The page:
Modern Holsteins have huge genetic potential, but herd management and crucially nutritional knowledge haven’t kept pace with genetics and have led to massive failings on many farms.
That was the damning indictment from David Beever, recipient of this year’s RABDF Princess Royal Award for services to the industry.
Speaking after the presentation of his award, Prof Beever said there was still much to learn about feeding the modern Holstein cow, but he believed correct nutritional management held the key to overcoming long-term fertility issues.
“The US model of simply feeding high-yielding cows more and more doesn’t work. They don’t have time to absorb all the nutrients from the feed and the diet’s potential is wasted and becomes slurry. Cows then lose excessive levels of body condition which, as everyone acknowledges, leads to poor fertility.
“And it’s not just the cow that suffers because of poor nutrition. There is growing evidence that how cows are fed leaves a long-lasting impression on their calves. Feed a cow poorly during pregnancy and her calf will fail to reach its full potential in its productive life.”
While in recent years Prof Beever has been associated with mixed-ration feeding, he said he felt more could be done to make the most of grazed grass. “The key is to understand when grass is the right feed and how to use it. In many cases spring grass isn’t the right feed for freshly calved cows because it is low in fibre and high in protein, in this instance buffer feeding can help improve grass use by increasing overall fibre levels in the diet and slowing grass’ progress through the cow.”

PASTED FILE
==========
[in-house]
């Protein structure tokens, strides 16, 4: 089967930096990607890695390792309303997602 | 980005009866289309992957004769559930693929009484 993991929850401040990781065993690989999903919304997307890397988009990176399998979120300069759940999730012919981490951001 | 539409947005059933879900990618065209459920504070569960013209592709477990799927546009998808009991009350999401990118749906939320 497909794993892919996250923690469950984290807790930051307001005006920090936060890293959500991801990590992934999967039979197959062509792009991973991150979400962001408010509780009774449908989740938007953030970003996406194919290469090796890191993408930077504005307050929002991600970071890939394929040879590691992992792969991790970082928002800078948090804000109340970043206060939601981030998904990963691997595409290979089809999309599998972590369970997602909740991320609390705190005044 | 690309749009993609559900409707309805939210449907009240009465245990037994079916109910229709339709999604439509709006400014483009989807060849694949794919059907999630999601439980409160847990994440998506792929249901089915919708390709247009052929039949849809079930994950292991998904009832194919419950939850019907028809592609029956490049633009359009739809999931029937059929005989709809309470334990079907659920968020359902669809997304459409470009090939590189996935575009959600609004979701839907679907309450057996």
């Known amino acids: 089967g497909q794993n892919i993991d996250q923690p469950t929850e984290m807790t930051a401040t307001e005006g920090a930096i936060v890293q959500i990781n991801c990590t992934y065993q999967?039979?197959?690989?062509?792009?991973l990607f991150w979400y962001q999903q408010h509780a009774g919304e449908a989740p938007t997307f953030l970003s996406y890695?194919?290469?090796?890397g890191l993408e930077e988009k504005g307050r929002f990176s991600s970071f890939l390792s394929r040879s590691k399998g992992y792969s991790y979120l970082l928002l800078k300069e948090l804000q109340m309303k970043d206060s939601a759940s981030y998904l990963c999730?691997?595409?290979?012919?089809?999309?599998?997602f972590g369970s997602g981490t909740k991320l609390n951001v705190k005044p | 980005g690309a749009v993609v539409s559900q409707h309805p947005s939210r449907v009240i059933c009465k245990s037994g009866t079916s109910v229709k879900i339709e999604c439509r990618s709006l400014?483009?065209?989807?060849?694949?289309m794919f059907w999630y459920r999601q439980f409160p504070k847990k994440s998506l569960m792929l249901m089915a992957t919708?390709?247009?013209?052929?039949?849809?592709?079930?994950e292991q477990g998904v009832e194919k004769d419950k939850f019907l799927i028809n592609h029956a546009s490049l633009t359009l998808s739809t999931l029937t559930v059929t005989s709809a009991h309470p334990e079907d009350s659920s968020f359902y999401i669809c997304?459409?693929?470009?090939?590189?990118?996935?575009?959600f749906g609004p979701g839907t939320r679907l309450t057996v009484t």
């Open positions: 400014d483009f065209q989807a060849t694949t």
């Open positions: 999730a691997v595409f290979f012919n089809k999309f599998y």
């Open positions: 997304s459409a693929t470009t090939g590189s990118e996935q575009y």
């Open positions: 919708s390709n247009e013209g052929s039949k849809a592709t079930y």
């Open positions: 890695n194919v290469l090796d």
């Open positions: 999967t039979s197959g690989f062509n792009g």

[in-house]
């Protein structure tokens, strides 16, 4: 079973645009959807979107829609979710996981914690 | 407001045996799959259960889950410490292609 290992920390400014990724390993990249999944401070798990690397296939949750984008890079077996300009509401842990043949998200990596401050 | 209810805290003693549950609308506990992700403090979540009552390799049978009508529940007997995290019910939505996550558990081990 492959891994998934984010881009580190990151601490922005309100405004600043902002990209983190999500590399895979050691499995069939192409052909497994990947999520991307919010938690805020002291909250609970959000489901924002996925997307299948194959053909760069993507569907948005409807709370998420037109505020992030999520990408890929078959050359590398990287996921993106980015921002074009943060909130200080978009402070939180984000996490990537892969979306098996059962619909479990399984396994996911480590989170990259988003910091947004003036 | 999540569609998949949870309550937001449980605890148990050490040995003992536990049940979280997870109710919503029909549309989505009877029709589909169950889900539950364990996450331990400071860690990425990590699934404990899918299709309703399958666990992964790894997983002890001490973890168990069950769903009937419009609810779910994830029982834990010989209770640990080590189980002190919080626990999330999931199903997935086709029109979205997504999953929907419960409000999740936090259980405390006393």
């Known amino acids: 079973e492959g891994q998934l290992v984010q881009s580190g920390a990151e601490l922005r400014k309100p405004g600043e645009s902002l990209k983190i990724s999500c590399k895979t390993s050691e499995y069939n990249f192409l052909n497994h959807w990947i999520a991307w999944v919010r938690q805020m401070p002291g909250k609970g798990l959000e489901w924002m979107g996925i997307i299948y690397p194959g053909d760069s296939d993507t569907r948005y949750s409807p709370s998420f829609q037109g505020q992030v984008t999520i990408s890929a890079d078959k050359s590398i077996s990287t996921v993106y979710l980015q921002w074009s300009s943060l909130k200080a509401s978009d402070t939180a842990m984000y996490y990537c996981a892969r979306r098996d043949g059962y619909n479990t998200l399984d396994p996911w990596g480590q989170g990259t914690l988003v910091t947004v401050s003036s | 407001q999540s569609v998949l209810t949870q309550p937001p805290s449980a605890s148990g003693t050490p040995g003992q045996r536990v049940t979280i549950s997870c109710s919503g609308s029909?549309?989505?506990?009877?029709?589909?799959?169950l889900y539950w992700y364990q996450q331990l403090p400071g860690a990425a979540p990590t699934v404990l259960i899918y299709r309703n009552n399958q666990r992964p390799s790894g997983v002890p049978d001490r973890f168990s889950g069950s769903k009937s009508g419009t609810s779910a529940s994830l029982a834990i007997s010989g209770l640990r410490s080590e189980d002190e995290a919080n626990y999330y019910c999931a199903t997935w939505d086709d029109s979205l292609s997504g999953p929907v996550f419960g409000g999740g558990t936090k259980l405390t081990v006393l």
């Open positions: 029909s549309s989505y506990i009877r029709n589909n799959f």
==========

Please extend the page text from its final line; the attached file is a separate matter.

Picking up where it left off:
The industry has been forced to focus on producing milk at any cost and has been led down a route which has resulted in excessive replacement rates because cows fail to last, he added.
Seeking to explain the problems, Prof Beever said there were too many poorly-qualified people in the industry claiming to be nutritionists who understood little of what was needed to feed modern cows. “There is no doubt there are some good people in the industry doing good jobs, but there are many which aren’t and to improve things there needs to be recognition of the value a good nutritionist can bring and possibly regulation or accreditation of nutritionists.”
Additionally he said there needed to be more funding given to research to ensure the industry didn’t get left behind again, as it had been in its nutritional knowledge. “Having worked in research I know the trouble there can be in getting knowledge onto farm, more must be invested in both the research itself and knowledge transfer,” he said.